Nicotine is used by many people, though usually not consciously, to help focus their attention. Most of us know about chain-smoking writers or baseball pitchers with big wads of chew in their cheeks. This eventually becomes a addictive crutch, especially since (some studies indicate) nicotine may artificially affect certain thought patterns related to concentration. After quitting, you may need a couple of weeks, or even months, to become accustomed to thinking clearly without nicotine. In the long run, your brain will function much more creatively and efficiently without the nicotine 'crutch'.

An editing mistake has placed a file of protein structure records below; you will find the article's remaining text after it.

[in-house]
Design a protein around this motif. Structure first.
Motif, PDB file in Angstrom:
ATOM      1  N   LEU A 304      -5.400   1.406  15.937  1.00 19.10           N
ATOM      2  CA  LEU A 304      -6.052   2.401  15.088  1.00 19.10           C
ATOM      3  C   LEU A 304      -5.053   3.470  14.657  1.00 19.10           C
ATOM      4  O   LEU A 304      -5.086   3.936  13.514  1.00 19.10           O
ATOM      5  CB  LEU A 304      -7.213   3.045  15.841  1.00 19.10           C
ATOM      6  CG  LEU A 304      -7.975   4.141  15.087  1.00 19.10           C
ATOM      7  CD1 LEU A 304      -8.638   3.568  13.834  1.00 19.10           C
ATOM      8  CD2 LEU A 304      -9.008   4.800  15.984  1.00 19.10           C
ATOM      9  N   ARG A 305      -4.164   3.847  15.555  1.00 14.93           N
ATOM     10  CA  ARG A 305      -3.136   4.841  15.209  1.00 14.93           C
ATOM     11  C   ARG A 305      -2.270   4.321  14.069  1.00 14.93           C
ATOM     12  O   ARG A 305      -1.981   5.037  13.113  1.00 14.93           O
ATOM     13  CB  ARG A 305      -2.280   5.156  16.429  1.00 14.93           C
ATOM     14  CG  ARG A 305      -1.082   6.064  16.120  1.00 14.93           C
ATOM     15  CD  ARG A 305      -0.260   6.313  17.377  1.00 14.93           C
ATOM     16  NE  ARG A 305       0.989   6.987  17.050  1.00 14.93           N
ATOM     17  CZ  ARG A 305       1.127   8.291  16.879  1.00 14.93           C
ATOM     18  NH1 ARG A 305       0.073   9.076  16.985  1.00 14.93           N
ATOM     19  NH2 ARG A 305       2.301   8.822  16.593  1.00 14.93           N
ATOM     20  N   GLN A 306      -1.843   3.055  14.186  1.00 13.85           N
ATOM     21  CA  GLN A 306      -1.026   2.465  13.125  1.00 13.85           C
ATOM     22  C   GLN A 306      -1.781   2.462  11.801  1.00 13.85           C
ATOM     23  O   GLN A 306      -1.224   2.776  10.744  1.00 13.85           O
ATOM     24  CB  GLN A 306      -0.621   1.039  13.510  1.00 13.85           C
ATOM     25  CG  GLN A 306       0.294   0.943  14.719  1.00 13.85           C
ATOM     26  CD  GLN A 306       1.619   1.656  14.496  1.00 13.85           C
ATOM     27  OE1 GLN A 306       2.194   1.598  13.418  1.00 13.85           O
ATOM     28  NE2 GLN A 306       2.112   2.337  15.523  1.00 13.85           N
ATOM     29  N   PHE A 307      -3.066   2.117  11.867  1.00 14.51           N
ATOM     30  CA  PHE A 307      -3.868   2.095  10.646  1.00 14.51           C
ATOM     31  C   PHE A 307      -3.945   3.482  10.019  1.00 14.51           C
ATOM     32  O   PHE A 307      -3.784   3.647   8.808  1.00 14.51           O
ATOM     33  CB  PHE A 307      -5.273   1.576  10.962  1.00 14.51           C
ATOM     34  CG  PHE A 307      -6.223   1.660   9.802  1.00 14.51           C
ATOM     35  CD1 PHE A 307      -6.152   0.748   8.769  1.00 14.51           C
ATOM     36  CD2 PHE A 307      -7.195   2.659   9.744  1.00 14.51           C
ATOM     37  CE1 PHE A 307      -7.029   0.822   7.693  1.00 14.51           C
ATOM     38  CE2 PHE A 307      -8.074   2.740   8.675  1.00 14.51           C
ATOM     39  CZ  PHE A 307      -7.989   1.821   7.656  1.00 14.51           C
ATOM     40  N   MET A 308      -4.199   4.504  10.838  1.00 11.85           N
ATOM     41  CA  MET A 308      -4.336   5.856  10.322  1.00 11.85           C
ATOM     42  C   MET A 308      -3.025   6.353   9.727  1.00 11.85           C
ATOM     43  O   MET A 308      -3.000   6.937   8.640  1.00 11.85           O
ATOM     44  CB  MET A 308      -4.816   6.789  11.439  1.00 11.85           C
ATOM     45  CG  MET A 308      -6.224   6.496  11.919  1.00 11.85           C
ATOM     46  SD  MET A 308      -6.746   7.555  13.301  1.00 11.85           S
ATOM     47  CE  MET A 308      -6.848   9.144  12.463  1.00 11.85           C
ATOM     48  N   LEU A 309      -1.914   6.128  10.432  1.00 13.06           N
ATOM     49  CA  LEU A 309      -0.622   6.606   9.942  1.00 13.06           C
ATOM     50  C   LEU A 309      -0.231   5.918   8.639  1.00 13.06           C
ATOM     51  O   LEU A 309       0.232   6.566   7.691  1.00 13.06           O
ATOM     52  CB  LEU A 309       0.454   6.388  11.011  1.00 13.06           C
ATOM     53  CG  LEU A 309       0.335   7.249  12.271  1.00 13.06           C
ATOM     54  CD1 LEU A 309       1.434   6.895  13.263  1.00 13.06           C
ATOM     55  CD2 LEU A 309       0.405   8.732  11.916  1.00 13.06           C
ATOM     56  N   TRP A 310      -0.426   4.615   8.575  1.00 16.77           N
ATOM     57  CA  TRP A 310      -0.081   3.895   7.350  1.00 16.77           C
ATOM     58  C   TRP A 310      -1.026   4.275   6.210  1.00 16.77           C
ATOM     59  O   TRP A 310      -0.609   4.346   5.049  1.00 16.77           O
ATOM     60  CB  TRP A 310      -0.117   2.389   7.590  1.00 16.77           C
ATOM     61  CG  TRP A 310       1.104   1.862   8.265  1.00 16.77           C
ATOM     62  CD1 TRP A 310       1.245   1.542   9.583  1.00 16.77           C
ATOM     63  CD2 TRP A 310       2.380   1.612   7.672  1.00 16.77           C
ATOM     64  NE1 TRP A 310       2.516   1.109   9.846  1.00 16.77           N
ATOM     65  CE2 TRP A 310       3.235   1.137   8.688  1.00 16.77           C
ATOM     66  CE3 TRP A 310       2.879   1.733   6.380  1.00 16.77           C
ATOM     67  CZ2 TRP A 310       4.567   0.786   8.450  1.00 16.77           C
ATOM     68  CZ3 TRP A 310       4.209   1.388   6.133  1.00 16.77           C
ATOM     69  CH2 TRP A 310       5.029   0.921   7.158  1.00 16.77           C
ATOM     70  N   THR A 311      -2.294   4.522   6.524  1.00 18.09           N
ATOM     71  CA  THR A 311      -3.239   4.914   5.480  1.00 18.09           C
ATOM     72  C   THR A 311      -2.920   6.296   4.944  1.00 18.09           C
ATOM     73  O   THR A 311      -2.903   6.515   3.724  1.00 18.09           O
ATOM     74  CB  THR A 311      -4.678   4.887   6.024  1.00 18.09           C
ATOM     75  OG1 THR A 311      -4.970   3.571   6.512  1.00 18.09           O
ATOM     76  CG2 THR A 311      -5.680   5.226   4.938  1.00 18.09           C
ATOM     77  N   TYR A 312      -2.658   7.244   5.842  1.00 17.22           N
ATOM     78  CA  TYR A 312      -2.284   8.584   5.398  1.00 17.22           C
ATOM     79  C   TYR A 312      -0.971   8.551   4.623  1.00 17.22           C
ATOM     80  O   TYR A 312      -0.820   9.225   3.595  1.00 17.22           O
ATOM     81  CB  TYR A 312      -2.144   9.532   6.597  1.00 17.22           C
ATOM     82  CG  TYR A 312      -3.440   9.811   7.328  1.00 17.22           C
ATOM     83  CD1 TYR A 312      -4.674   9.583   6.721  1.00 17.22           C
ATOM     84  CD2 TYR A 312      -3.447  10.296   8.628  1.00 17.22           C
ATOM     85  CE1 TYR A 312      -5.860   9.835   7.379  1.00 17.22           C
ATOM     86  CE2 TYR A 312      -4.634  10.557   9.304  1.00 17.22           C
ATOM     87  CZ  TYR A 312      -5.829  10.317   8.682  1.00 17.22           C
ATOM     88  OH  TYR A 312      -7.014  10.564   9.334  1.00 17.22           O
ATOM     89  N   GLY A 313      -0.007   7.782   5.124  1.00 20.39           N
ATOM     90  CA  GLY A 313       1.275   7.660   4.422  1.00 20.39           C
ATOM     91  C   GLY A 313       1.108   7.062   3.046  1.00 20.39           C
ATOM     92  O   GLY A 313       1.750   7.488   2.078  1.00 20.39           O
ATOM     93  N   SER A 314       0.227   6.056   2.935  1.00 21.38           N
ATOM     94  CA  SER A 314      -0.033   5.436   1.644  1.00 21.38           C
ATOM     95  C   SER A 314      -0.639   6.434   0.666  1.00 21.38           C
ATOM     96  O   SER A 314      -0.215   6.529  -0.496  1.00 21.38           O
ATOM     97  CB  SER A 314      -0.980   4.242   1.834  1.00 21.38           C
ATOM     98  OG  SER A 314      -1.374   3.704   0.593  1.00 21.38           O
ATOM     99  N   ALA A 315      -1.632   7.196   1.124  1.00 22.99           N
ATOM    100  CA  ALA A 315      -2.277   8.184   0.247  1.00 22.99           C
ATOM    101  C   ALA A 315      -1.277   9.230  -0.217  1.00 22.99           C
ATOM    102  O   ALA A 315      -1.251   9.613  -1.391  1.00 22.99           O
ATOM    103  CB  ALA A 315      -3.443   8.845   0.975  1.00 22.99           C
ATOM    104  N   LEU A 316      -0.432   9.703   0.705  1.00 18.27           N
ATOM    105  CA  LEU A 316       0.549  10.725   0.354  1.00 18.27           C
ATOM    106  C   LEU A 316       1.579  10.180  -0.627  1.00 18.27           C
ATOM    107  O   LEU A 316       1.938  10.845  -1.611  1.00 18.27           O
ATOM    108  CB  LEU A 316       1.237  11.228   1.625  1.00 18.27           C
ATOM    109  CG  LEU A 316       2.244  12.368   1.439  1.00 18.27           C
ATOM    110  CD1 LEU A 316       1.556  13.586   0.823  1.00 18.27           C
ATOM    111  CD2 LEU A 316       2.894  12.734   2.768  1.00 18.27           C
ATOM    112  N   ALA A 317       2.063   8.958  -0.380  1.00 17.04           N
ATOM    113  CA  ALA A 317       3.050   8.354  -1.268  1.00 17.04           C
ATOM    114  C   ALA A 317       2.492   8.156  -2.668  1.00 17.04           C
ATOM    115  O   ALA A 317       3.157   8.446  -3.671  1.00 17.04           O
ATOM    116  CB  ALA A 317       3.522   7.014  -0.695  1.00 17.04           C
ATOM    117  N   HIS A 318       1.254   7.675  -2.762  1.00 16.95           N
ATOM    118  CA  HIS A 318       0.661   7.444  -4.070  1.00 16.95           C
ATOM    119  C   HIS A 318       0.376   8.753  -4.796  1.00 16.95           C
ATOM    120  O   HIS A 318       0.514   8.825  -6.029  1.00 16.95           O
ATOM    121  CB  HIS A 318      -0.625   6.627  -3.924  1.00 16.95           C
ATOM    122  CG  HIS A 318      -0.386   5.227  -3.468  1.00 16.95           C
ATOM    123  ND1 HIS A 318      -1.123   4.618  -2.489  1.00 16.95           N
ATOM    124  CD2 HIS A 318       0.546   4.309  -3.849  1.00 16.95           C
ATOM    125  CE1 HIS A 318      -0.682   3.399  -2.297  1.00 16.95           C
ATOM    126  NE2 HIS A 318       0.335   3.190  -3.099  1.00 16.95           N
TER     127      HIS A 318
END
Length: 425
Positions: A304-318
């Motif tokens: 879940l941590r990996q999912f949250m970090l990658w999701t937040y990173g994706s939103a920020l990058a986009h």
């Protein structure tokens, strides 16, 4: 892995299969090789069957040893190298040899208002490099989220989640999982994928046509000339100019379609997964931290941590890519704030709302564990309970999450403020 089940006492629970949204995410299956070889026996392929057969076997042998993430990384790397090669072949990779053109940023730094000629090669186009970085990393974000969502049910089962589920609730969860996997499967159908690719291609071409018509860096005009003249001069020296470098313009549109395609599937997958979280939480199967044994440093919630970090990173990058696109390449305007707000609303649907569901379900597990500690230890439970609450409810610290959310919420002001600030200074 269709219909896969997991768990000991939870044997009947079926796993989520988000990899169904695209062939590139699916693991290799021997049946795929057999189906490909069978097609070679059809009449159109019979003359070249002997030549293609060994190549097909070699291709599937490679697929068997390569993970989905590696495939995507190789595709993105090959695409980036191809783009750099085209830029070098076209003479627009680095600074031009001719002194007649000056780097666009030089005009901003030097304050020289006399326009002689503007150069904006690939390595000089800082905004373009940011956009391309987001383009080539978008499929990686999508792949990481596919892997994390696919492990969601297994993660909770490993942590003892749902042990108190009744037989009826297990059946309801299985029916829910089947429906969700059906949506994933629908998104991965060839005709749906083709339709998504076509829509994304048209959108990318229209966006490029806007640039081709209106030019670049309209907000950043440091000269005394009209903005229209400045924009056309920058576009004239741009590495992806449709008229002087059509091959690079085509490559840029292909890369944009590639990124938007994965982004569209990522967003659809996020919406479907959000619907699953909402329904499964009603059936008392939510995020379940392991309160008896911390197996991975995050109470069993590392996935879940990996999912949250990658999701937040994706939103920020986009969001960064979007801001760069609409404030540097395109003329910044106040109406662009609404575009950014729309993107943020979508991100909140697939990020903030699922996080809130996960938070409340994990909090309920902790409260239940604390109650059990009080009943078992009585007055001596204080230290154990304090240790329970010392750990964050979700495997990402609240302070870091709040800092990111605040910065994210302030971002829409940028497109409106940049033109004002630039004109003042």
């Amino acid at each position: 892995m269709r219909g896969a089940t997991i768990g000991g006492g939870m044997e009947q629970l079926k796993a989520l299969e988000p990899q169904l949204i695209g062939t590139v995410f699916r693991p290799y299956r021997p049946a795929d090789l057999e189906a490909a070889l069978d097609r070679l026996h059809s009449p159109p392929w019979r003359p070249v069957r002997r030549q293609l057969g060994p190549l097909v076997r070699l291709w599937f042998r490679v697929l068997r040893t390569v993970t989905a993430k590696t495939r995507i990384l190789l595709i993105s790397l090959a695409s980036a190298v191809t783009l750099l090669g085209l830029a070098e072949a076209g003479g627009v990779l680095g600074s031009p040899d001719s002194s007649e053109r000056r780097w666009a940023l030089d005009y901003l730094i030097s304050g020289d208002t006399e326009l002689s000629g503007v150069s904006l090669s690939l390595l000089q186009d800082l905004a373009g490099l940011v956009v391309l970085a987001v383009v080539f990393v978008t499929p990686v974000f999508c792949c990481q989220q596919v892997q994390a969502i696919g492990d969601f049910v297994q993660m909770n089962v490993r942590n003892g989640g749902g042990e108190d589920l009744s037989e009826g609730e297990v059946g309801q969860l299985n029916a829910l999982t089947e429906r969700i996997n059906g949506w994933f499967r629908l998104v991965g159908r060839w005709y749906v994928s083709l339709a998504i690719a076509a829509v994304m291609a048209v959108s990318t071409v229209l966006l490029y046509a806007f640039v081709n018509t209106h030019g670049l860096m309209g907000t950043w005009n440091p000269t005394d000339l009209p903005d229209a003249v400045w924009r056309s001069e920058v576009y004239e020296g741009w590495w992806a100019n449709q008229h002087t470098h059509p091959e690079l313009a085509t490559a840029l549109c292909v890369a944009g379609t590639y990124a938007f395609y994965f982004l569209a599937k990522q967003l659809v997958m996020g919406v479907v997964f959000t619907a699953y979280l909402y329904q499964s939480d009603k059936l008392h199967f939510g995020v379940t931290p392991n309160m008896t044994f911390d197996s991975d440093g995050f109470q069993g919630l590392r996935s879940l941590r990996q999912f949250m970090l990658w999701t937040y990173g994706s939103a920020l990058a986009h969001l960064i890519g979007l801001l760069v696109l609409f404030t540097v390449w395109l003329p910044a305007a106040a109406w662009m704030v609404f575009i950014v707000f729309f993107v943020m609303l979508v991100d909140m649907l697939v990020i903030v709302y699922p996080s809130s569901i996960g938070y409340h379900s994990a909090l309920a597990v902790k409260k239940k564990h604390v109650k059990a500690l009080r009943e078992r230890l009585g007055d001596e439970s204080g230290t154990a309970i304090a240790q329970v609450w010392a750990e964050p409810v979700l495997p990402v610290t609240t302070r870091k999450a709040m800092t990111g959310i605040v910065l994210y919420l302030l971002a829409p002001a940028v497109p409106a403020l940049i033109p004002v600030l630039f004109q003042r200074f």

Heishman SJ. Behavioral and cognitive effects of smoking: relationship to nicotine addiction. Nicotine Tob Res 1999;1 Suppl 2:S143-7; discussion S165-6.